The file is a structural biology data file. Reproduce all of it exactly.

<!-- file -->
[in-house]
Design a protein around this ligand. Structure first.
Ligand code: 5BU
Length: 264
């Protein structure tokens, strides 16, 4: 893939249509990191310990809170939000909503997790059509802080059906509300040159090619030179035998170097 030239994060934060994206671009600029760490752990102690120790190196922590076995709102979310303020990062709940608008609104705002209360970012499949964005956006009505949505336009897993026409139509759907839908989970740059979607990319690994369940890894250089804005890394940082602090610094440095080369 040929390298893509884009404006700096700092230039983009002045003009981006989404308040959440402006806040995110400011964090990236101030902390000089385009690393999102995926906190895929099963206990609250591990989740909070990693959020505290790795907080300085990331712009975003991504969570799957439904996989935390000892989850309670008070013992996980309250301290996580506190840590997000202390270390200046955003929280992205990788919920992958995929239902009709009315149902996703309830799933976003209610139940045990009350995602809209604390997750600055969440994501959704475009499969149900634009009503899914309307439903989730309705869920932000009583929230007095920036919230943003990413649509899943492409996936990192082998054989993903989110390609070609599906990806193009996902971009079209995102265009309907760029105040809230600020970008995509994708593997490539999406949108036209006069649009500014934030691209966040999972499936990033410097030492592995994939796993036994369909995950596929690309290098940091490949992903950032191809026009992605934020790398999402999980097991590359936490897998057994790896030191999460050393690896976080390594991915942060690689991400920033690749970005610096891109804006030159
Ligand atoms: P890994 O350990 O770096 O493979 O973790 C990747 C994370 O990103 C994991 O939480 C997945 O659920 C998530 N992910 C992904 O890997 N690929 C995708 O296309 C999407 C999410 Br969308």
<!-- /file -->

[in-house]
Design a protein around this ligand. Structure first.
Ligand code: 5BU
Length: 264
């Protein structure tokens, strides 16, 4: 893939249509990191310990809170939000909503997790059509802080059906509300040159090619030179035998170097 030239994060934060994206671009600029760490752990102690120790190196922590076995709102979310303020990062709940608008609104705002209360970012499949964005956006009505949505336009897993026409139509759907839908989970740059979607990319690994369940890894250089804005890394940082602090610094440095080369 040929390298893509884009404006700096700092230039983009002045003009981006989404308040959440402006806040995110400011964090990236101030902390000089385009690393999102995926906190895929099963206990609250591990989740909070990693959020505290790795907080300085990331712009975003991504969570799957439904996989935390000892989850309670008070013992996980309250301290996580506190840590997000202390270390200046955003929280992205990788919920992958995929239902009709009315149902996703309830799933976003209610139940045990009350995602809209604390997750600055969440994501959704475009499969149900634009009503899914309307439903989730309705869920932000009583929230007095920036919230943003990413649509899943492409996936990192082998054989993903989110390609070609599906990806193009996902971009079209995102265009309907760029105040809230600020970008995509994708593997490539999406949108036209006069649009500014934030691209966040999972499936990033410097030492592995994939796993036994369909995950596929690309290098940091490949992903950032191809026009992605934020790398999402999980097991590359936490897998057994790896030191999460050393690896976080390594991915942060690689991400920033690749970005610096891109804006030159
Ligand atoms: P890994 O350990 O770096 O493979 O973790 C990747 C994370 O990103 C994991 O939480 C997945 O659920 C998530 N992910 C992904 O890997 N690929 C995708 O296309 C999407 C999410 Br969308």